Corridors of bamboo form shady retreats...

The bamboo is carefully labelled in Mandarin and its (usually Latin) botanical name. I am in heaven. Not only can I reacquaint myself with many familiar species, some of which I have never seen outside of a book, but I also discover new varieties, many of which have been named after Chinese plant hunters and scientists.

Even for the layperson, to whom both the notes and names are meaningless, it is possible to appreciate the many different qualities of bamboo.

There is no sound quite like that of the wind in bamboo. The timpani of branch and leaf lulls the listener like a million tiny waves breaking. On this hot, bright day the corridors of bamboo form shady retreats of cool air. The many small gazebos scattered amongst them being a perfect place just to sit and contemplate.

If this is not enough, the variety and beauty of the bamboo itself will surely catch even the hardest eye. Whether it be the dwarf, fat leaved Sasa covering the ground in a dark green mass or the tall slender Phyllostachys creating archways of gold. Phyllostachys sulphurea has stems of intense yellow and Phyllostachys heterocycla is like a child’s toy, its narrow canes are building blocks patterned in pale yellows and greens. Perhaps strangest of all is the variety named “Mitford” that has shiny black-green bulging stems as though it is made of hundreds of dark stones piled on top of each other.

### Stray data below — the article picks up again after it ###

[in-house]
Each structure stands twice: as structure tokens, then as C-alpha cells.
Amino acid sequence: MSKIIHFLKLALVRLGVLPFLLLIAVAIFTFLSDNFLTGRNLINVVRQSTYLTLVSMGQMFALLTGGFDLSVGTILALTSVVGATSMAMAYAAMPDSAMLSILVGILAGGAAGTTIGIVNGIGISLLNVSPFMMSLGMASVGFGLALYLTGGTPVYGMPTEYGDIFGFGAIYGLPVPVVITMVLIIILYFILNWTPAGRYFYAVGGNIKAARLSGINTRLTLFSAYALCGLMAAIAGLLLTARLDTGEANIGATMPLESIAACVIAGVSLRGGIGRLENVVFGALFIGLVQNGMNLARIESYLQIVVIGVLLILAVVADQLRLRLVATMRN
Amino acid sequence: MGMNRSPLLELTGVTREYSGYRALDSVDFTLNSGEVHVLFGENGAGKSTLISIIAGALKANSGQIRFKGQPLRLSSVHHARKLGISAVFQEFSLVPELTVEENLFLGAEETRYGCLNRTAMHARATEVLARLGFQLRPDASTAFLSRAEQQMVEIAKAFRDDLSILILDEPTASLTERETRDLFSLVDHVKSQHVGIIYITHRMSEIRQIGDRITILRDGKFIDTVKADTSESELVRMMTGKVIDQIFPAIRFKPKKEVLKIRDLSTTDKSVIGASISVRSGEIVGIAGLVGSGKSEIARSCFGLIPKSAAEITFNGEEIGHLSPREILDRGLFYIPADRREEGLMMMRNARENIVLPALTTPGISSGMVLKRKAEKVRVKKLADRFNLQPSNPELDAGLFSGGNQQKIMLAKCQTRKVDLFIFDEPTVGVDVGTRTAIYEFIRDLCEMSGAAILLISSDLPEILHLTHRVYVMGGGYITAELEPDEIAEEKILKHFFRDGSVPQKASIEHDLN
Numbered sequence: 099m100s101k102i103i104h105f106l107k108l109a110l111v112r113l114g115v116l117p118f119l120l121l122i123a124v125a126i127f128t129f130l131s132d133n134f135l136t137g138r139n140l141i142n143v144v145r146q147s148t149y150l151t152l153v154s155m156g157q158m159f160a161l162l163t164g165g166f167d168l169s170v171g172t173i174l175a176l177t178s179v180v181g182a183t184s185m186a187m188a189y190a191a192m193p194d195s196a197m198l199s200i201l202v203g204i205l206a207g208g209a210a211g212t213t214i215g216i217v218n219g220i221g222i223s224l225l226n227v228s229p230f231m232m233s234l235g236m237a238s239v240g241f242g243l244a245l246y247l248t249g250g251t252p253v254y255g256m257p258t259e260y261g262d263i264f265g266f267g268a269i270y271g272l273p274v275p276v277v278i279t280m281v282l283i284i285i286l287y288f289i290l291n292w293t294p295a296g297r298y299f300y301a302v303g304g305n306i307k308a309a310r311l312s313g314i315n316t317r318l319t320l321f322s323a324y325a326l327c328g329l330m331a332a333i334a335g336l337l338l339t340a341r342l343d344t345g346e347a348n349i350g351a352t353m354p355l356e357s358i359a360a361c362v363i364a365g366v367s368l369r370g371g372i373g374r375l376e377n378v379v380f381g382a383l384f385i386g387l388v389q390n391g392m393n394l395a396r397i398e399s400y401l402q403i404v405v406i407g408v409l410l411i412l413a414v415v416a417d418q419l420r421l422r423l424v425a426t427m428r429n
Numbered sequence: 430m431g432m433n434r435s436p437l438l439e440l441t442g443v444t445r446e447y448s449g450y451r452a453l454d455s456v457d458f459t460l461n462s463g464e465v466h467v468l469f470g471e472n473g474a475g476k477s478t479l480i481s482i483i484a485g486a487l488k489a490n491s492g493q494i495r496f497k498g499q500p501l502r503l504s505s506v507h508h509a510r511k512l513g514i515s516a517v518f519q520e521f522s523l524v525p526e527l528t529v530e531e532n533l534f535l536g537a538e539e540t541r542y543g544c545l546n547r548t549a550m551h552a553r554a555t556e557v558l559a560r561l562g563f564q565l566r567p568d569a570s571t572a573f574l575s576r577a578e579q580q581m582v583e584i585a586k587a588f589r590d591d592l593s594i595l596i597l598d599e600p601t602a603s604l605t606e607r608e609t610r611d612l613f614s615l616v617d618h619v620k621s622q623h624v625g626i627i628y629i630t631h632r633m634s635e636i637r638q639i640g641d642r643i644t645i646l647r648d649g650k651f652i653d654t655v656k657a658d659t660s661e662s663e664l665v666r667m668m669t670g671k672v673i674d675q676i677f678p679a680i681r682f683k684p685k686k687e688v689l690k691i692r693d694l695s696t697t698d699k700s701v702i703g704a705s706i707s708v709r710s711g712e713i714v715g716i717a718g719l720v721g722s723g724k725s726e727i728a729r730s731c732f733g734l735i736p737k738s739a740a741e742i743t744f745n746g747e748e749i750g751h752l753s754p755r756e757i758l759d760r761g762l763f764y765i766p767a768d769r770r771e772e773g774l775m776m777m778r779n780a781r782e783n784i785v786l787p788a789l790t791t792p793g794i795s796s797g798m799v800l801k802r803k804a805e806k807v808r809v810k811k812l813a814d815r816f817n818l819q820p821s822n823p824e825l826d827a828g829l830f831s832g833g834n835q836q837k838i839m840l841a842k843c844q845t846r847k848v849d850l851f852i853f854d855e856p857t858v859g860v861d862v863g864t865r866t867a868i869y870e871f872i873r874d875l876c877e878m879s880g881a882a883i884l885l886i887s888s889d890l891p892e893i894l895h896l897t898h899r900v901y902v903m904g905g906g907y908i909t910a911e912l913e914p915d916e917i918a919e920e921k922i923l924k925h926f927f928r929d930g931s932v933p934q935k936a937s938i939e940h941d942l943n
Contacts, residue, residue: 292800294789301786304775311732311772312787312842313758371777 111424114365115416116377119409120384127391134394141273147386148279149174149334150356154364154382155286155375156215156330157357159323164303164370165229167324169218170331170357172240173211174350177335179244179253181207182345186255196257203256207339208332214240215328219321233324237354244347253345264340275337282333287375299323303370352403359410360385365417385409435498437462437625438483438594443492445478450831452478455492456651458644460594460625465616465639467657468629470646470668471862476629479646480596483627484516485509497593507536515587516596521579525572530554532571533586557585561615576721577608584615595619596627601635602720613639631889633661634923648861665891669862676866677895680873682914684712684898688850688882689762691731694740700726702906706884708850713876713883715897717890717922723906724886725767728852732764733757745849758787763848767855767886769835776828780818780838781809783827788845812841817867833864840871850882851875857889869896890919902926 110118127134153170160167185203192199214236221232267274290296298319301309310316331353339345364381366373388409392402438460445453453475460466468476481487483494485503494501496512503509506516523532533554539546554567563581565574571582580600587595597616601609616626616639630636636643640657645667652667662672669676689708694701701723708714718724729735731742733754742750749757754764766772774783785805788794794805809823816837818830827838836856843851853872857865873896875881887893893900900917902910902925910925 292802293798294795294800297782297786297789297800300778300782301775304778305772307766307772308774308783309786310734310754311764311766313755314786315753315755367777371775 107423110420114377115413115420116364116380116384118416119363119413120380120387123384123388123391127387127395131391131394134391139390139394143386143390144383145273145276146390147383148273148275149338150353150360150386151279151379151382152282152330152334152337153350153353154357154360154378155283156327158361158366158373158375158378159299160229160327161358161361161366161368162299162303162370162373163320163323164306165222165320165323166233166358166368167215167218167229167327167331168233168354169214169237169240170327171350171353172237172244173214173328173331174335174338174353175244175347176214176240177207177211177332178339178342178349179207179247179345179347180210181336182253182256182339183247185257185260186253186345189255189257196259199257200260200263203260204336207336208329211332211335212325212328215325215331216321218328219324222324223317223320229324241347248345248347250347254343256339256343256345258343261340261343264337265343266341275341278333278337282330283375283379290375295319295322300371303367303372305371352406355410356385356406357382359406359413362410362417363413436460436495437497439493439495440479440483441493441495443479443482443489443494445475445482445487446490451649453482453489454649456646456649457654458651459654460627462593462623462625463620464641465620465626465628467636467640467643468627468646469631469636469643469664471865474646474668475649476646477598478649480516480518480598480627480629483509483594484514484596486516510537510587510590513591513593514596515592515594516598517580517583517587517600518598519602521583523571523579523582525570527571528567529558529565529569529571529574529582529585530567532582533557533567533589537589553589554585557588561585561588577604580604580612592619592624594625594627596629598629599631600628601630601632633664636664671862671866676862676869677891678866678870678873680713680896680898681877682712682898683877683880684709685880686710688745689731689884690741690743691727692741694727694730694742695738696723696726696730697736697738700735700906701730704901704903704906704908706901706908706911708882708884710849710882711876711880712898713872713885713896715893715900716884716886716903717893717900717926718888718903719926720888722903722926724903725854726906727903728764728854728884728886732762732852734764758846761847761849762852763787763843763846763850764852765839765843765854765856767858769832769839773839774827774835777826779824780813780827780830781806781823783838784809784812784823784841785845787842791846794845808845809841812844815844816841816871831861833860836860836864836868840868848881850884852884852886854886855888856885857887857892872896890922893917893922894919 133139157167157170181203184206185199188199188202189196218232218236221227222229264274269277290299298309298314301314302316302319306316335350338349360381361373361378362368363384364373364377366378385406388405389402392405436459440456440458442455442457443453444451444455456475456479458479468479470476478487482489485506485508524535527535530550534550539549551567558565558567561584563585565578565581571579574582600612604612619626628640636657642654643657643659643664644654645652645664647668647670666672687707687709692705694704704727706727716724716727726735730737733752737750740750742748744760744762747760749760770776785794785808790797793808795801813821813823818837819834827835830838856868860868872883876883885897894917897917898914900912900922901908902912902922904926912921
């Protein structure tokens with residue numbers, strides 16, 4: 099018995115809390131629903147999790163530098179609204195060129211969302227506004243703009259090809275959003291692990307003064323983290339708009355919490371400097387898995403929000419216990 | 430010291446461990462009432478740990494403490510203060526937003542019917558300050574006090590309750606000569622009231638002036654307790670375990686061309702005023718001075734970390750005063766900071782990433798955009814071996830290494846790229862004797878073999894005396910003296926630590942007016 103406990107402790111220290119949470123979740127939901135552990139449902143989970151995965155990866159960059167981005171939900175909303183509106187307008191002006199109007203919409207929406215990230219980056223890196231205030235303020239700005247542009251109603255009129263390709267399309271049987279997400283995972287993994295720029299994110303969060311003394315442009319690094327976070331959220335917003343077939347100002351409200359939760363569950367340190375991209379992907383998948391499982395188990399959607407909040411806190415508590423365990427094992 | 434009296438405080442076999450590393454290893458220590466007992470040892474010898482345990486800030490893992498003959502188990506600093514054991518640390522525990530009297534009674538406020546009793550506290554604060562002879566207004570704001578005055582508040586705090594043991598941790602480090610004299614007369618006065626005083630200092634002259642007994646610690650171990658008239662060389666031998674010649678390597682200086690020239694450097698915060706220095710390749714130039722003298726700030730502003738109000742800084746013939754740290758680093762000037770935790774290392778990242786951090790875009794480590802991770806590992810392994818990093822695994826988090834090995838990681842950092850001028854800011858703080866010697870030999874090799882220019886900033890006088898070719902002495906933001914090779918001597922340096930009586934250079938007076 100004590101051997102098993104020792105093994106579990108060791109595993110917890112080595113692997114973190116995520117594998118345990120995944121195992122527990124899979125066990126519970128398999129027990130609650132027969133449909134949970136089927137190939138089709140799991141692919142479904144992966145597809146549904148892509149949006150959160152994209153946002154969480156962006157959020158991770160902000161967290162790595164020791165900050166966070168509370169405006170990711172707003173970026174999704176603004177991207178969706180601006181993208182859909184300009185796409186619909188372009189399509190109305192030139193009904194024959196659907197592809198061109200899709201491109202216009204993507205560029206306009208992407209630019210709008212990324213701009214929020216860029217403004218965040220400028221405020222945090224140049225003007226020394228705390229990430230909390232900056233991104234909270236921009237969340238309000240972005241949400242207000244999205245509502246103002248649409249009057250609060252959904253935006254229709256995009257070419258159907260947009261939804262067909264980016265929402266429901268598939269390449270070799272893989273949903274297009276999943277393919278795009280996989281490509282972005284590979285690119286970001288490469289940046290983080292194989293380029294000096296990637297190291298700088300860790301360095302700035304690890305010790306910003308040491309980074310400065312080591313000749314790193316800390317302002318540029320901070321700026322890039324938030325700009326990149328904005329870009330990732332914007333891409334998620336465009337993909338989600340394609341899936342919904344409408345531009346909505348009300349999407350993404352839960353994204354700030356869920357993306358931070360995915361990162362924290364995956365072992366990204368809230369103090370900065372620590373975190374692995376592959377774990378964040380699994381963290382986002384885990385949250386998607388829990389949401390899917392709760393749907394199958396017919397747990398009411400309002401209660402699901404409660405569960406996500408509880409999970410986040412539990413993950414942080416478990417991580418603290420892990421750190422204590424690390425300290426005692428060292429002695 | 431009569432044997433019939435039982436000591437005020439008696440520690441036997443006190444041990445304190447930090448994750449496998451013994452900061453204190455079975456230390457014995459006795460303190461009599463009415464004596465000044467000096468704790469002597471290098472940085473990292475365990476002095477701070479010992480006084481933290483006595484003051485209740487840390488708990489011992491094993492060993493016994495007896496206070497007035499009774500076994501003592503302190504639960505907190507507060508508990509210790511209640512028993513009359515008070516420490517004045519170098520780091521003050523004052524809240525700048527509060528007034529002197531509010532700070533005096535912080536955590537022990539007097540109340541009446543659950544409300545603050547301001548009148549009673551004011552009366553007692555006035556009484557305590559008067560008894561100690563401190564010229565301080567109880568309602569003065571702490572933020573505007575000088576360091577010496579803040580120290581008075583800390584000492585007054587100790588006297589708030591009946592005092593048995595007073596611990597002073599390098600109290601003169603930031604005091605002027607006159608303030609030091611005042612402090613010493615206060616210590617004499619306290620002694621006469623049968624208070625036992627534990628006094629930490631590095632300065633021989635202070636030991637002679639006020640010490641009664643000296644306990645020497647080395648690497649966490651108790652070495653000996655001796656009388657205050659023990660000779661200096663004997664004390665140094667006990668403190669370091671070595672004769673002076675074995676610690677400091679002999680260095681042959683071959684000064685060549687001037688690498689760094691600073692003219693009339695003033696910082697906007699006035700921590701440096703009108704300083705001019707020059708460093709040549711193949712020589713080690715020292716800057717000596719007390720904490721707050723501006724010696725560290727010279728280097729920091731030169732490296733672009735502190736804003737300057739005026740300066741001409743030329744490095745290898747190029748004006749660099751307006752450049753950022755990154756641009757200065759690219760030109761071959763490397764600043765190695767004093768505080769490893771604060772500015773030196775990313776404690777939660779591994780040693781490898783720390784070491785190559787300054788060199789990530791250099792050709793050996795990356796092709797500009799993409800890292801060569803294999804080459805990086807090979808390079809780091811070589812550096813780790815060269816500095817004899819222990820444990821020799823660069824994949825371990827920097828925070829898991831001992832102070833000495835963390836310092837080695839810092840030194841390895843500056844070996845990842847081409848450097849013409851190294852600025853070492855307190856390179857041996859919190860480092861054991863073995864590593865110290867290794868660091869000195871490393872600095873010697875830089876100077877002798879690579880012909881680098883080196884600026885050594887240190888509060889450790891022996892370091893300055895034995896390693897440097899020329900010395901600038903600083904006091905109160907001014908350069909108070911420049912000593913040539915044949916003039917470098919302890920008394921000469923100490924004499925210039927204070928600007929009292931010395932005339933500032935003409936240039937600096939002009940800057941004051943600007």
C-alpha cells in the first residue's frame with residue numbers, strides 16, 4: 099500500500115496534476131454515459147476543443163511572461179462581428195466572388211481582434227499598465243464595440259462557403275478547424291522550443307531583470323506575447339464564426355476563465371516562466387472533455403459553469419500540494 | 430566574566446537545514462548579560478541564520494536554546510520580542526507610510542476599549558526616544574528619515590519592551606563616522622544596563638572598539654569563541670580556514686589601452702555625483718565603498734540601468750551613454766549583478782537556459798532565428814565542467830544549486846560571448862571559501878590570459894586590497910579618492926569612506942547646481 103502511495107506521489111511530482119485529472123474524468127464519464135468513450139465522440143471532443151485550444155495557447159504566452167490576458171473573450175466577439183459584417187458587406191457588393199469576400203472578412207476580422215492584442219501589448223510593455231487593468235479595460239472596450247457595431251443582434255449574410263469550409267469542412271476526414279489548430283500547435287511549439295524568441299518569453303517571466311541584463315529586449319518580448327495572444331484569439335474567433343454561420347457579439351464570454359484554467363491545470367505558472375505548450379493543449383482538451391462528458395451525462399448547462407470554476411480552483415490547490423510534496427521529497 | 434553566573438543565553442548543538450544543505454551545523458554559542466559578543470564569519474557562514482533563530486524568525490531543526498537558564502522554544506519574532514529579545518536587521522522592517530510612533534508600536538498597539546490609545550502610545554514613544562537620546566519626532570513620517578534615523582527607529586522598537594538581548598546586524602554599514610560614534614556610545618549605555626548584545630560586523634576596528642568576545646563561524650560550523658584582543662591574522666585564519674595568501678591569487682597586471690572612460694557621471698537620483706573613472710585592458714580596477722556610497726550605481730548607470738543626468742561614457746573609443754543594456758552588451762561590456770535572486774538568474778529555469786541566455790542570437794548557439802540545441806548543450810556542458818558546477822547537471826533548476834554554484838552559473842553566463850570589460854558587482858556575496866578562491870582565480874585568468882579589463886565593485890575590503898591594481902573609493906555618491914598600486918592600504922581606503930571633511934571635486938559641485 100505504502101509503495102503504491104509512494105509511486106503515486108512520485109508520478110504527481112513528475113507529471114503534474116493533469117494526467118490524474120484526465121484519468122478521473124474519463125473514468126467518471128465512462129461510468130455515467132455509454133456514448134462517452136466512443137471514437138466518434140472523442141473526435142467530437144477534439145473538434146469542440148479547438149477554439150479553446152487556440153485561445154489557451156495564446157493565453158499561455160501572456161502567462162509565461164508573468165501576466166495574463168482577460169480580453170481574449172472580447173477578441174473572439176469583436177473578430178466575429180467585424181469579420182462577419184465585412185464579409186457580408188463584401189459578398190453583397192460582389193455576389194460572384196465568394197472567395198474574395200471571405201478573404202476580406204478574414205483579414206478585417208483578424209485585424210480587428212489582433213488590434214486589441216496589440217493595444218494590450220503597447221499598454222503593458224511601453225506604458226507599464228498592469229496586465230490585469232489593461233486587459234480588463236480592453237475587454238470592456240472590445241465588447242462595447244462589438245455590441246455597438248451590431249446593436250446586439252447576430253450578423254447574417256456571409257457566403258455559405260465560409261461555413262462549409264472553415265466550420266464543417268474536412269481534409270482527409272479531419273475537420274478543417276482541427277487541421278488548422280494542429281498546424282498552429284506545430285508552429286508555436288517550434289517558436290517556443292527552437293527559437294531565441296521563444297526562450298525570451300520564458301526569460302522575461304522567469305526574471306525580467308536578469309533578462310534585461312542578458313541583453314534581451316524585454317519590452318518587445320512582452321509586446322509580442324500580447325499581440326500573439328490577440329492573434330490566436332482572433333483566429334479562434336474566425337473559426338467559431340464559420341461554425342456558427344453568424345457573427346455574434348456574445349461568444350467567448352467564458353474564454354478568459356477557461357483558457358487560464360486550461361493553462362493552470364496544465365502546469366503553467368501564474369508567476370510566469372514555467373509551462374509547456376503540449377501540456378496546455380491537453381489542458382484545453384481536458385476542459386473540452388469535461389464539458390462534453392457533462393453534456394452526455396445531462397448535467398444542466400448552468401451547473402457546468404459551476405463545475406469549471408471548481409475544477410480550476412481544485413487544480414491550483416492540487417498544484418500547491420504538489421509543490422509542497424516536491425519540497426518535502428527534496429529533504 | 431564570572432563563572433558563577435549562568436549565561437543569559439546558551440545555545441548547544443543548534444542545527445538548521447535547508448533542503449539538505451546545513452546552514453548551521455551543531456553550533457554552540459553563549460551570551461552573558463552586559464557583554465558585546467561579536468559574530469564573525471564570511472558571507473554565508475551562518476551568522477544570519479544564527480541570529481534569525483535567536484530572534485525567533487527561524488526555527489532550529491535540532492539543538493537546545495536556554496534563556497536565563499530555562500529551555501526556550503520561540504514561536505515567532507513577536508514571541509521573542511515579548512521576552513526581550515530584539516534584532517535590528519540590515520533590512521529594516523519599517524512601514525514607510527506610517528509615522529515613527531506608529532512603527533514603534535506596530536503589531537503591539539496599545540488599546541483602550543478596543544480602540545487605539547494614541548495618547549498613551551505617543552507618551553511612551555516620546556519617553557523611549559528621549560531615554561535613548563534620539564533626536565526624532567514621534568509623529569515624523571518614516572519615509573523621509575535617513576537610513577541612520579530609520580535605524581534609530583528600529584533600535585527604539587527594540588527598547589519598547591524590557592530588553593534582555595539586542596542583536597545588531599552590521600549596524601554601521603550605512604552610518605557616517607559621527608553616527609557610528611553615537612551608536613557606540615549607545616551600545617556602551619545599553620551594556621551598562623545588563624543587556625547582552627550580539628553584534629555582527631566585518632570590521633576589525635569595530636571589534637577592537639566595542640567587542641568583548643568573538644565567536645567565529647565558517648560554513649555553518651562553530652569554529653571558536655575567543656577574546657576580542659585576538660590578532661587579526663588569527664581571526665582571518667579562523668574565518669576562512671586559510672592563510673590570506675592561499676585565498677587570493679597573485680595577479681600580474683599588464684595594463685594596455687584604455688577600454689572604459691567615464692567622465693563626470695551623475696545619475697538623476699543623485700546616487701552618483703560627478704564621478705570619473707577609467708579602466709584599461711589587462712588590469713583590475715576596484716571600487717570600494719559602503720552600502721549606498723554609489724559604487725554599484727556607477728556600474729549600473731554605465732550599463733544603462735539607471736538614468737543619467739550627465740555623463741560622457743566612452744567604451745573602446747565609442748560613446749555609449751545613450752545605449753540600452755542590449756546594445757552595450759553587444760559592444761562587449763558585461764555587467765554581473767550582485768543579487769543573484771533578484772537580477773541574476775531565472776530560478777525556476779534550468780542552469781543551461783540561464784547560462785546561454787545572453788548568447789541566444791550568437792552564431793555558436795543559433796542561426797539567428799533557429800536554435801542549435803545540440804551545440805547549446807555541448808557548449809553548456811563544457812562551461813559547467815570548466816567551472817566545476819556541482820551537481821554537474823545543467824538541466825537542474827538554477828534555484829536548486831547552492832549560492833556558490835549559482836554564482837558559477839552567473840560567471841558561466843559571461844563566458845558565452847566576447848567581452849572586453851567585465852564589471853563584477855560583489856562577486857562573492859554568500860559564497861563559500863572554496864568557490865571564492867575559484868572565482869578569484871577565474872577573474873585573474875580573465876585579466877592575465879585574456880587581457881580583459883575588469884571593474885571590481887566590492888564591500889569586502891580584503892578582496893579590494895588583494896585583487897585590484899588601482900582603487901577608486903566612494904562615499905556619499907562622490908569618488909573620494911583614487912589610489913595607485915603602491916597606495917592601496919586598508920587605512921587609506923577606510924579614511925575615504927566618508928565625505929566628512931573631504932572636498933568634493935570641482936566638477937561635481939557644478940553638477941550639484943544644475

The story of Meng Zong (孟宗)

Aside from the bamboo, there are gardens set amongst the groves, with the classical white bridges and flowing streams of Chinese design. One such garden opens out into a courtyard where a bamboo house stands. The roof is thatched with bamboo and the house is edged with banana plants. Under this tropical blue sky, I feel that I might be walking through a plantation.

There is a story here from ancient China about a man called Meng Zong (孟宗). His mother was widowed and brought him up by herself. They lived in just such a hut in the bamboo forest together and were devoted to each other. One day Meng Zong came home to find his mother seriously ill and unable to eat anything. Day by day she got worse and Meng Zong was helpless. His mother begged him to make her some soup using fresh bamboo shoots, but it was mid-winter and there were no new shoots to be found. In despair, Meng Zong ran into the forest, sat amidst the bamboo and wept. Miraculously, from the place where his tears fell, new bamboo shoots began to grow. Overjoyed, he was able to take them home and make his mother some soup. After a few days of drinking the soup made from these unseasonably early shoots, his mother recovered. Henceforth, the two of them devoted their days to the care of bamboo.

Green Lake